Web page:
Standing in the Croatian parliament in front of a dozen TV cameras, Sandra Bencic asked the question of the day: "Do we want to live in a state in which lawless groups run around beating people up?"
Bencic, who leads the left-wing green opposition party Mozemo (We Can), called on Prime Minister Andrej Plenkovic to explain what is happening at the border to neighboring Bosnia-Herzegovina.
"We see pictures of people without police badges; we see some sort of people being violent," Bencic said. "They are either paramilitary units or Croatian police officers without nationality markings who are carrying out pushbacks."
So many questions
Who are the masked men? From whom are they receiving orders? "Not from us," Interior Minister Davor Bozinovic said. He rejects any responsibility for the so-called Operation Corridor, which has been documented by an investigative media team led by Lighthouse Reports and including journalists from the German public broadcaster ARD. For years, there have been reports that Croatian security forces operate undercover on orders of the government.
"In Croatia, laws are respected, along with international obligations," Plenkovic said. "Our state does not want to be connected at all with actions that go against our legal system."
Plenkovic said he had asked Bozinovic and all relevant departments to provide a "complete clarification of the allegations." But he also said Croatia must protect its border and stop irregular migration.
'Illegal and inhumane'
The scenes of violence toward migrants on the Balkan route were repugnant; the hate displayed must not be covered up, former Prime Minister Jadranka Kosor said. On Twitter, she demanded that the people behind the violent and illegal pushbacks be brought to justice without fail.
That is one of the few public statements that has been made on this matter. Pushbacks are not really that big of a topic in Croatia, the investigative journalist Djurdjica Klancir told DW. She said the footage was no surprise — she had found out two years ago how the system of illegal pushbacks at the border to Bosnia works.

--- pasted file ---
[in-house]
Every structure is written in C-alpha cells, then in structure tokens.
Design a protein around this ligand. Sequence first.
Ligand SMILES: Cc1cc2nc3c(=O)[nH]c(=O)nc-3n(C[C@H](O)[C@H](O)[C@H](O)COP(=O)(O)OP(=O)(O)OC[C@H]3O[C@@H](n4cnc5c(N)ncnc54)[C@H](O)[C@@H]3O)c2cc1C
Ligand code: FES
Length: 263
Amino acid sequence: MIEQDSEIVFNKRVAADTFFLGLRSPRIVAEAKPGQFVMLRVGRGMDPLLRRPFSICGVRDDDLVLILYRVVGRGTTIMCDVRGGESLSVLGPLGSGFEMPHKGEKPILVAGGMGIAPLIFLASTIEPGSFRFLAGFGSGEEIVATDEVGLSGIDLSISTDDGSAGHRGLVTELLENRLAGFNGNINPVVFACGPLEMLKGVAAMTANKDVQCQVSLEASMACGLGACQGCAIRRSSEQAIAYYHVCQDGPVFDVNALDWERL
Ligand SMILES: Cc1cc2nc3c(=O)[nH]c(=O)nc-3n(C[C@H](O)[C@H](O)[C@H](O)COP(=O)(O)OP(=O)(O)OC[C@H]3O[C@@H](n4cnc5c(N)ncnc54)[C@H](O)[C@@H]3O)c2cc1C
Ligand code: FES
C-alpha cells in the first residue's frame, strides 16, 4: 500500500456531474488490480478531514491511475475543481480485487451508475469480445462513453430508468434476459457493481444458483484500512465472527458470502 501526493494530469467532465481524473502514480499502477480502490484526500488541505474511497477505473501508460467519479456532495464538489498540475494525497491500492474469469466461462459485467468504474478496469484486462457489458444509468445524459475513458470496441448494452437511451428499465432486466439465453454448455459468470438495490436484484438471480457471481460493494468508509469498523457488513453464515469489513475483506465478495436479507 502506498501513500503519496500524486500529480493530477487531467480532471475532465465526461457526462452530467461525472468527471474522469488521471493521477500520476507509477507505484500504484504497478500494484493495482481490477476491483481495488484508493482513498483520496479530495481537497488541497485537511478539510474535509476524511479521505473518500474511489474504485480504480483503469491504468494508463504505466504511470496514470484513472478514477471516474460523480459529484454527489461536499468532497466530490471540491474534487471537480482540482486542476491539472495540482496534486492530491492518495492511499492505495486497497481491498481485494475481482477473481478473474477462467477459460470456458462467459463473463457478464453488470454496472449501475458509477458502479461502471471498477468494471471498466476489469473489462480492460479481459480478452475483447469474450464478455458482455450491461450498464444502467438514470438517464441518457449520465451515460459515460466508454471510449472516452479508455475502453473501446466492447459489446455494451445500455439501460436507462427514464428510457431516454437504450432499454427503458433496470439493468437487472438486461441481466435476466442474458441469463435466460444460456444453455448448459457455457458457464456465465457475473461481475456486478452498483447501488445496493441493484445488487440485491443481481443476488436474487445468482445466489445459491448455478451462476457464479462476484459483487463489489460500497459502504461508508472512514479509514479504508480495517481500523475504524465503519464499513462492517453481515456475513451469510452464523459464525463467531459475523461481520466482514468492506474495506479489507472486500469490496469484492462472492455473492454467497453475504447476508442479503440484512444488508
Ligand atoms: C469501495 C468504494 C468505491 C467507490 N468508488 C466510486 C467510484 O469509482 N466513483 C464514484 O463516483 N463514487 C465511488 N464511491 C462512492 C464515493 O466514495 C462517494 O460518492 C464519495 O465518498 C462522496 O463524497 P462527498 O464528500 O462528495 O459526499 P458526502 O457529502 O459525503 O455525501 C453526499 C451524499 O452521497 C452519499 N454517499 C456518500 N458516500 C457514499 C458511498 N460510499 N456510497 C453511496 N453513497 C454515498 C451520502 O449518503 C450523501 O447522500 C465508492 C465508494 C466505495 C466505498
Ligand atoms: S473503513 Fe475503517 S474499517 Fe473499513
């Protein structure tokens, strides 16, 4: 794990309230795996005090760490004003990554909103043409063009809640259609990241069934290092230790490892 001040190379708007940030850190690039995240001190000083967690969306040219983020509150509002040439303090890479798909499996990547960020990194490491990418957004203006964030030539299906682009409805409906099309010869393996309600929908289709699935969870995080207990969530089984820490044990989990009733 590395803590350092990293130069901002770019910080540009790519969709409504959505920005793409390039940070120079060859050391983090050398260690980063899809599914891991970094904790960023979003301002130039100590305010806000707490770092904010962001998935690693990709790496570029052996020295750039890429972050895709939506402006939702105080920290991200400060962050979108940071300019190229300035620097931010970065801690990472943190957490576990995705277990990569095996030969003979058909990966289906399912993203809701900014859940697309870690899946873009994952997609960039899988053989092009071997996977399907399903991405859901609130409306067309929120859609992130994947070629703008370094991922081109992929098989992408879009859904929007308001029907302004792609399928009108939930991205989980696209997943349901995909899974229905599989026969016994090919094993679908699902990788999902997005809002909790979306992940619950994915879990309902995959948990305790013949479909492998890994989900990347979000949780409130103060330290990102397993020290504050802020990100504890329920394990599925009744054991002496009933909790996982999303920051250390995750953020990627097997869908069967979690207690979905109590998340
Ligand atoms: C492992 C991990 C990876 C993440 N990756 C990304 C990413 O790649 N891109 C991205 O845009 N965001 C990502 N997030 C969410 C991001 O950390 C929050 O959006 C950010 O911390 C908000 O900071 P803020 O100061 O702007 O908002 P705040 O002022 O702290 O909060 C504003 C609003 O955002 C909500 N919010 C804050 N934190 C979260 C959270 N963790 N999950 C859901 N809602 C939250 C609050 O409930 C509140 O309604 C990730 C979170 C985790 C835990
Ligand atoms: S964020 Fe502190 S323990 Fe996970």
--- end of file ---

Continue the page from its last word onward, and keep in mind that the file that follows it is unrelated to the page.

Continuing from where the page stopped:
Klancir had interviewed a Croatian police officer who was a member of the Corridor unit. He talked in great detail about the "illegal and inhumane" practices employed by the unit, which, he says, answered directly to the Croatian police administration.
"He and his colleagues felt like the protectors of Croatia and the EU; they always had the feeling that the operation was been carried out with the blessing of the Croatian government and the EU," Klancir said. The brutality used by the police was deliberate, she said; that was how migrants were to be frightened out of their attempt to enter the EU.
Beaten, robbed, mistreated
For years, refugees and migrants trying to enter the EU member state of Croatia from Bosnia have been beaten, robbed, mistreated and forced back over the border illegally. Representatives of right-wing parties argue that Croatia, which joined the European Union in 2013, has the right to protect its borders and its sovereignty. Hrvoje Zekanovic, from the Hrvatski suverenisti (Croatian Sovereignists), says he condemns all forms of violence — but, after the pushbacks were reported, he expressly thanked the police officers "because they are protecting us."
Croatia's government refuses to accept criticism for its practices. With the country a candidate to join the nominally passport-free Schengen Area, the government has even pitched the efficiency of Croatia's border guards as being in the interests of the European Union. Years ago, German Chancellor Angela Merkel even expressly praised Croatia's efforts to police its borders. "It is a system that has been practiced for years — with the tacit support of the responsible EU institutions," Klancir said.
The ombudswoman for human rights, Tena Simonovic Einwalter, has called for these incidents to be thoroughly investigated. "If Croatian police officers are really involved, it is a clear violation of Croatian law — and a breach of the European Convention on Human Rights," Simonovic Einwalter told the TV broadcaster N1. "If police officers are not involved, we potentially have a national security problem with masked groups that beat up people within the territory of the Republic of Croatia."
The pushbacks are no secret within Croatia. When then President Kolinda Grabar-Kitarovic was confronted with reports two years ago, she did not categorically deny pushbacks — and even called their illegality into question. "Of course, a little bit of force is necessary when people are deported," Grabar-Kitarovic told Swiss broadcaster SRF in 2019.
In fact, many supporters of pushbacks say no regard should be paid to rights or the law when removing people who have crossed the border without authorization. "But lawlessness cannot be an answer to lawlessness," the archbishop of Rijeka, Mate Uzinic, warned his compatriots. "As a citizen of Croatia, I am saddened and made ashamed by these images — by what they show and by what sort of society we are becoming," he wrote on Facebook. "I feel ashamed as a human being."
This article has been translated from German.